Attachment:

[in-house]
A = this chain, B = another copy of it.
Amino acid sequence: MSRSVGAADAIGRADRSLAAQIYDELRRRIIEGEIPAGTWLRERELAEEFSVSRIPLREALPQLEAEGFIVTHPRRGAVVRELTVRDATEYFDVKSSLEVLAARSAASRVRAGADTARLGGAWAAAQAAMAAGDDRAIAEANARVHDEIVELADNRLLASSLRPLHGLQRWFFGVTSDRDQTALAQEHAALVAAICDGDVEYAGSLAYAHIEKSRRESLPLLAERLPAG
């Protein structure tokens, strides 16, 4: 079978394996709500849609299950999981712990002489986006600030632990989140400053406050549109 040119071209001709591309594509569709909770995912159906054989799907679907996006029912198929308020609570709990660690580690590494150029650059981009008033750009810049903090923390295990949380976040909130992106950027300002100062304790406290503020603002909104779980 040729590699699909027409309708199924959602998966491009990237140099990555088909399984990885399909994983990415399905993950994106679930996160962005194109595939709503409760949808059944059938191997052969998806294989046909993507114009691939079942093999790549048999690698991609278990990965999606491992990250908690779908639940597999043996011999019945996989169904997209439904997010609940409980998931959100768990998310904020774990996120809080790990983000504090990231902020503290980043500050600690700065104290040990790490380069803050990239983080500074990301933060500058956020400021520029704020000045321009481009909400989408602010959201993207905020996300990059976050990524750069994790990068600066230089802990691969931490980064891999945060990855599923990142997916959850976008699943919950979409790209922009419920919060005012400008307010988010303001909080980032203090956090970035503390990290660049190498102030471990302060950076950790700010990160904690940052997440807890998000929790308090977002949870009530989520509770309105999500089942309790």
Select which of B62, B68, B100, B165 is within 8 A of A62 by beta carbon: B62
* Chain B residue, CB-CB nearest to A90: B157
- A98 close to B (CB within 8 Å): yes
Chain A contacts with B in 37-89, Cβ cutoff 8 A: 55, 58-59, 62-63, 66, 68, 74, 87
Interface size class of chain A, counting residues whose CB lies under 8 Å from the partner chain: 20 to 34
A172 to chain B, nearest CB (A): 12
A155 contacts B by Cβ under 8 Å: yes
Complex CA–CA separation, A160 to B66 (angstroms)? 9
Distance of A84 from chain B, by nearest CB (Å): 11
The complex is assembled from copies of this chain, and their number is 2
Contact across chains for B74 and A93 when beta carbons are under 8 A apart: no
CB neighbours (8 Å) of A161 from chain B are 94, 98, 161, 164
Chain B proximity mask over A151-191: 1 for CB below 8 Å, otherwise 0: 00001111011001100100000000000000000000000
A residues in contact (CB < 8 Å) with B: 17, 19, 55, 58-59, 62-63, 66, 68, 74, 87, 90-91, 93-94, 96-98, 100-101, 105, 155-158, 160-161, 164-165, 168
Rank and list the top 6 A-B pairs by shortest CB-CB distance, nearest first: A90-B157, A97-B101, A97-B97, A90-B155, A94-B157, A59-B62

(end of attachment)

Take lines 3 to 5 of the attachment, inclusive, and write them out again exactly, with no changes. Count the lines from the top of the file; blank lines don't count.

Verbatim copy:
Amino acid sequence: MSRSVGAADAIGRADRSLAAQIYDELRRRIIEGEIPAGTWLRERELAEEFSVSRIPLREALPQLEAEGFIVTHPRRGAVVRELTVRDATEYFDVKSSLEVLAARSAASRVRAGADTARLGGAWAAAQAAMAAGDDRAIAEANARVHDEIVELADNRLLASSLRPLHGLQRWFFGVTSDRDQTALAQEHAALVAAICDGDVEYAGSLAYAHIEKSRRESLPLLAERLPAG
């Protein structure tokens, strides 16, 4: 079978394996709500849609299950999981712990002489986006600030632990989140400053406050549109 040119071209001709591309594509569709909770995912159906054989799907679907996006029912198929308020609570709990660690580690590494150029650059981009008033750009810049903090923390295990949380976040909130992106950027300002100062304790406290503020603002909104779980 040729590699699909027409309708199924959602998966491009990237140099990555088909399984990885399909994983990415399905993950994106679930996160962005194109595939709503409760949808059944059938191997052969998806294989046909993507114009691939079942093999790549048999690698991609278990990965999606491992990250908690779908639940597999043996011999019945996989169904997209439904997010609940409980998931959100768990998310904020774990996120809080790990983000504090990231902020503290980043500050600690700065104290040990790490380069803050990239983080500074990301933060500058956020400021520029704020000045321009481009909400989408602010959201993207905020996300990059976050990524750069994790990068600066230089802990691969931490980064891999945060990855599923990142997916959850976008699943919950979409790209922009419920919060005012400008307010988010303001909080980032203090956090970035503390990290660049190498102030471990302060950076950790700010990160904690940052997440807890998000929790308090977002949870009530989520509770309105999500089942309790």
Select which of B62, B68, B100, B165 is within 8 A of A62 by beta carbon: B62